12. Rao TP, et al. Amla (Embilca officinalis Gaertn.) extracts reduce oxidative stress in streptozotocin-induced diabetic rats. J Med Food. 2005 Fall;8(3):362-8
  13. Womgcharoen W, et al. The protective role of curcumin in cardiovascular diseases. Int J Cardiol. 2009 Apr 3;133(2):145-51
  14. Bengmark S. Curcumin, an atoxic antioxidant and natural NFkappaB, cyclooxygenase-2, lipooxygenase, and inducible nitric oxide synthase inhibitor: a shield against acute and chronic diseases. JPEN J Parenter ENteral Nutr. 2006 Jan-Feb;30(1):45-51
  15. Oin L, et al. Effects and underlying mechanisms of curcumin on the proliferation of vascular smooth muscle cells induced by Chol:MbetaCD. Biochem Biophys Res Commun. 2009 Feb 6;379(2):277-82
  16. Antony B, et al. A Pilot Cross-Over Study to Evaluate Human Oral Bioavailability of BCM-95® CG (BiocurcuminTM). A Novel Bioenhanced Preparation of Curcumin. Indian J. Pharm. Sci, 2008, 70(4)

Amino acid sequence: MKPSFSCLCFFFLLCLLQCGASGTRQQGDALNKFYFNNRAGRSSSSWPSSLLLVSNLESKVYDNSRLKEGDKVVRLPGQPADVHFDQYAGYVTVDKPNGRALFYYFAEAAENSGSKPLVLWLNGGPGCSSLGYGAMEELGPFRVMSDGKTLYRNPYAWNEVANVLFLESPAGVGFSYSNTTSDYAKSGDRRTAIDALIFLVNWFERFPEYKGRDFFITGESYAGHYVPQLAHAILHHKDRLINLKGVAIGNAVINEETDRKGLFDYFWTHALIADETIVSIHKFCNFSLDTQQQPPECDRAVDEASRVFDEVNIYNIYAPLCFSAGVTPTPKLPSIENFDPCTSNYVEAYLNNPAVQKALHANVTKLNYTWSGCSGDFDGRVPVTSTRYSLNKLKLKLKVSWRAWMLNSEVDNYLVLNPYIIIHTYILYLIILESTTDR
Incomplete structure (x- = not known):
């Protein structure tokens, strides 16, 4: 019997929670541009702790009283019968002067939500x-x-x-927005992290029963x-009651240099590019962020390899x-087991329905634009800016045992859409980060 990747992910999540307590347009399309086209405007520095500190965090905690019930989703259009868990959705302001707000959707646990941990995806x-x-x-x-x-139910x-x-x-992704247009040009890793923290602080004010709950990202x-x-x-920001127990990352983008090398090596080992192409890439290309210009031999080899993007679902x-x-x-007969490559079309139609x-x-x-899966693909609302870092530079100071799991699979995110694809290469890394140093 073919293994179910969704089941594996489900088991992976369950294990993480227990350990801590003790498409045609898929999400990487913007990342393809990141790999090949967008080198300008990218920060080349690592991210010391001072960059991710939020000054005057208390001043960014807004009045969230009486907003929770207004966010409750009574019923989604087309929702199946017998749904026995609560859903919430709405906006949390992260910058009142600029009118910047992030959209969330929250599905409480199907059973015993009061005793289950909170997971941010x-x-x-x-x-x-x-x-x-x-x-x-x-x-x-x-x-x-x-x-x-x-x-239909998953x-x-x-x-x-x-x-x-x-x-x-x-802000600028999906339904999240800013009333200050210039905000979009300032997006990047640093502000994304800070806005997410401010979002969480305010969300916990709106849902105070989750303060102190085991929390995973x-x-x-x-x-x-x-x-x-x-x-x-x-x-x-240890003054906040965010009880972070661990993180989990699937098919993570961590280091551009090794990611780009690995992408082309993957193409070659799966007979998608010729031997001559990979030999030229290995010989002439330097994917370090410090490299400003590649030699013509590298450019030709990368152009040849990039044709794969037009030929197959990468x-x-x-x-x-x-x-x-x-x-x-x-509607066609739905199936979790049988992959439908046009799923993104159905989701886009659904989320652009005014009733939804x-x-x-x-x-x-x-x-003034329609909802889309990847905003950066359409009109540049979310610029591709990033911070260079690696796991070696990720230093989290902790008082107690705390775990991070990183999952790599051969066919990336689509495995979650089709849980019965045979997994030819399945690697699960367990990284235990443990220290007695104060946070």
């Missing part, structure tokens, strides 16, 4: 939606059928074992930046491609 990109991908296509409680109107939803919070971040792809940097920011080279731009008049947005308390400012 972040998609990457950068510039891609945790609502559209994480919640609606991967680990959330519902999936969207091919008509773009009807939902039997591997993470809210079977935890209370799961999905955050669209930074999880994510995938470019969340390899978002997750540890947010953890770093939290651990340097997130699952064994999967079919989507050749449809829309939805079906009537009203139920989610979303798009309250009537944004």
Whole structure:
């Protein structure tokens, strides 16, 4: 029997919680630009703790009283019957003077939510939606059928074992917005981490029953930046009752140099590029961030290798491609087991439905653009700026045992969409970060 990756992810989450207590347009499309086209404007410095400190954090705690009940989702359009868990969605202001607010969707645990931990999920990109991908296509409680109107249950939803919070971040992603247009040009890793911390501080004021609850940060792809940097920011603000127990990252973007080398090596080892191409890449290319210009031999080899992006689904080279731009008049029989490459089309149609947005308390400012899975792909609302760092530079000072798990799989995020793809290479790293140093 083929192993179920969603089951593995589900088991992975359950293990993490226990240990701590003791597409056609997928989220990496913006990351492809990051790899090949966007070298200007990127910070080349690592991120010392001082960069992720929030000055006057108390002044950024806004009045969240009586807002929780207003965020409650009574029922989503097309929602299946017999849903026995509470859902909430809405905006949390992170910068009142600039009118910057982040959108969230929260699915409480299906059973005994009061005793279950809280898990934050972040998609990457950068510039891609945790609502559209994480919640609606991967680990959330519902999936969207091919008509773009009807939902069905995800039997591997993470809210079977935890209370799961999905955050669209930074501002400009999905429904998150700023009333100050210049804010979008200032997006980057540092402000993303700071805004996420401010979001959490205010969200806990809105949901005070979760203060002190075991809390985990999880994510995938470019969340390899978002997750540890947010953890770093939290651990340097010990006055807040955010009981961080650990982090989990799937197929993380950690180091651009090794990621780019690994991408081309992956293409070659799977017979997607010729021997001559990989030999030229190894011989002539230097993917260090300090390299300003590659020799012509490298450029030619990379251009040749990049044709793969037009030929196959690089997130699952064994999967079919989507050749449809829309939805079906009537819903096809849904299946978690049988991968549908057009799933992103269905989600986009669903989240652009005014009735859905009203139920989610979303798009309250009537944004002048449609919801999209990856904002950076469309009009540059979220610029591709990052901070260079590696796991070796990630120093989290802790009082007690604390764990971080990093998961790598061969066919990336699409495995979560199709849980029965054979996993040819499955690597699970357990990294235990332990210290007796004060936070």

17. Gonzales AM, et al. Curcumin and resveratrol inhibit nuclear factor-kappaB-mediated cytokine expression in adipocytes, Nutr Metab (Lond). 2008 Jun 12;5:17.
  18. Menon VP, et al. Antioxidant and ant-inflammatory properties of curcumin. Adv Exp Med Biol. 2007;595:105-25.
  19. Jagetia GC, et al. “Spicing up” of the immune system by curcumin. J Clin Immunol. 2007 Jan;27(1):19-35
  20. Srivastava KC, et al. Curcumin, a major component of food spice turmeric (Curcuma longa) inhibits aggregation and alters eicosanoid metabolism in human blood platelets. Prostaglandins Leukot Essent Fatty Acids. 1995 Apr;52(4):223-7.
  21. Mahfouz MM, et al. Curcumin prevents the oxidation and lipid modification of LDL and its inhibition of prostacyclin generation by endothelial cells in culture. Prostaglandins Other Lipid Mediat. 2009 Jun 20.
  22. Samoamit K, et al. Curcumin improves vascular function and alleviates oxidative stress in non-lethal lipopolysaccharide-induced endotoxaemia in mice. Eur J Pharmacol. 2009 Jun 17